Accordingly, for any of the foregoing embodiments, once the plunger is pressed to a fully-expelling position, the flow path to the needle becomes forever-blocked, and cannot be reopened except by tearing-apart the structure of the syringe, and in so-tearing, the utility of the syringe would be destroyed, preventing its reuse by drug addicts.
As to the FIGS. 1 through 5 embodiment, this embodiment is optimally adapted to be a prefilled syringe, ready for use as purchased, and some of the benefits of such an arrangement are as follows:
1. The fluid contents does not come in contact with the needle's interior prior to injection, which can be a cause of needle corrosion and contamination in situations where there is such contact.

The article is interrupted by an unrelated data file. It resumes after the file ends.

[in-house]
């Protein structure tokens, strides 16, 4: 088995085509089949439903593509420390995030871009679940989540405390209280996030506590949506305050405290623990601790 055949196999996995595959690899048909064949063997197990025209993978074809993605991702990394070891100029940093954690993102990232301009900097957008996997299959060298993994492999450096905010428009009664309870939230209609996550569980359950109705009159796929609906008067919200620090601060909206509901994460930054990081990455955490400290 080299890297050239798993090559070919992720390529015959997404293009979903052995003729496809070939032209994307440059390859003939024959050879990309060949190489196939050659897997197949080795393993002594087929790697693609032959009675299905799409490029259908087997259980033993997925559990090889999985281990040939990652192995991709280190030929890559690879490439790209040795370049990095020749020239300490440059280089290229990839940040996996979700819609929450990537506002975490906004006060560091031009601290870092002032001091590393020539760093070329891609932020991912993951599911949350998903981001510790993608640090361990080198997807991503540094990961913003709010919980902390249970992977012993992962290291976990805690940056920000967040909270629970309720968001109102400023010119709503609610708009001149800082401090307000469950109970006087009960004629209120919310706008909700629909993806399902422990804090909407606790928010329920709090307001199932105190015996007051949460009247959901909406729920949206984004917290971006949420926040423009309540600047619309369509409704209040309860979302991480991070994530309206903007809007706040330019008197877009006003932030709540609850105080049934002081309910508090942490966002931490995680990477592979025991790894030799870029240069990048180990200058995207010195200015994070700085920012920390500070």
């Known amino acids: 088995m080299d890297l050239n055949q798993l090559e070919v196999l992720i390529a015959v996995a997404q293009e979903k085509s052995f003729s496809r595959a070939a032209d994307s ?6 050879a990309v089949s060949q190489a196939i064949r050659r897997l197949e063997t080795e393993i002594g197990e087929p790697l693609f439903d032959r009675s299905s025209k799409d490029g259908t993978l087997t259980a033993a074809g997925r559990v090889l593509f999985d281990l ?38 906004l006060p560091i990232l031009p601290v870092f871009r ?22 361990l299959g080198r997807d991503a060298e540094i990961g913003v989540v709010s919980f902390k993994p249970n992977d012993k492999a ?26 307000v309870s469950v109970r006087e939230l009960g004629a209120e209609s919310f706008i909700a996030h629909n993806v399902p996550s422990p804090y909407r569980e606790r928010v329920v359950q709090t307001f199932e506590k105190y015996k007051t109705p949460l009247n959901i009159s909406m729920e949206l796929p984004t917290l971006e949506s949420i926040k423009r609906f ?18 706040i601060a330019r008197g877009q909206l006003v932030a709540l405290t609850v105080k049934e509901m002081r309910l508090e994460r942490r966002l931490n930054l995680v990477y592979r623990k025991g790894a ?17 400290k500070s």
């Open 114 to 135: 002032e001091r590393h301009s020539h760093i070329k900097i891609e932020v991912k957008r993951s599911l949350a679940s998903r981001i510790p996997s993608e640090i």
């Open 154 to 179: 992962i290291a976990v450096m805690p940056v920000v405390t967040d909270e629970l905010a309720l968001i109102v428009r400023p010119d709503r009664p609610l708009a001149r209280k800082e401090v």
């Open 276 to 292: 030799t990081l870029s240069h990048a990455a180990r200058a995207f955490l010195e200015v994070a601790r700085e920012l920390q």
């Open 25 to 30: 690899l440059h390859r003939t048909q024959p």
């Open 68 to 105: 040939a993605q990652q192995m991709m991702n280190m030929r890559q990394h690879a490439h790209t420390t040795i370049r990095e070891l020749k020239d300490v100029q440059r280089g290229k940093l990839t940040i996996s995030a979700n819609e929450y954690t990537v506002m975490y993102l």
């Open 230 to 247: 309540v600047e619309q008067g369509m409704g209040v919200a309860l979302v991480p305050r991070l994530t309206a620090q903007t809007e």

2. Present pre-filled syringes (prior to the present inventive embodiments) plugged the cannula at its tips, thereby "dulling" the point with rubber shield.
3. The present double "belleville" washer design permits low pressure shifting of the spool as well as rigid section to prevent back-shifting of the spool.
4. The pre-filled present inventive embodiment design eliminates possible septum "coring" as is disadvantageously characteric a drawback (the presence of coring) in syringes such as shown in U.S. Pat. No. 3,375,825 (Keller), or when filing a syringe from a vial (vial septum).
It should be further noted, that it is within the scope of the invention to add a barb or the like to a side of a forward end of elements such as 27 (FIG. 6A) and/or 13 (FIG. 1) which when mounting will be pressed into space the lock space such as 18' thereby preventing removal (as with tweezers) of the plug member once inserted into its operational position such as shown (operational position) in FIGS. 6A and 1, for example.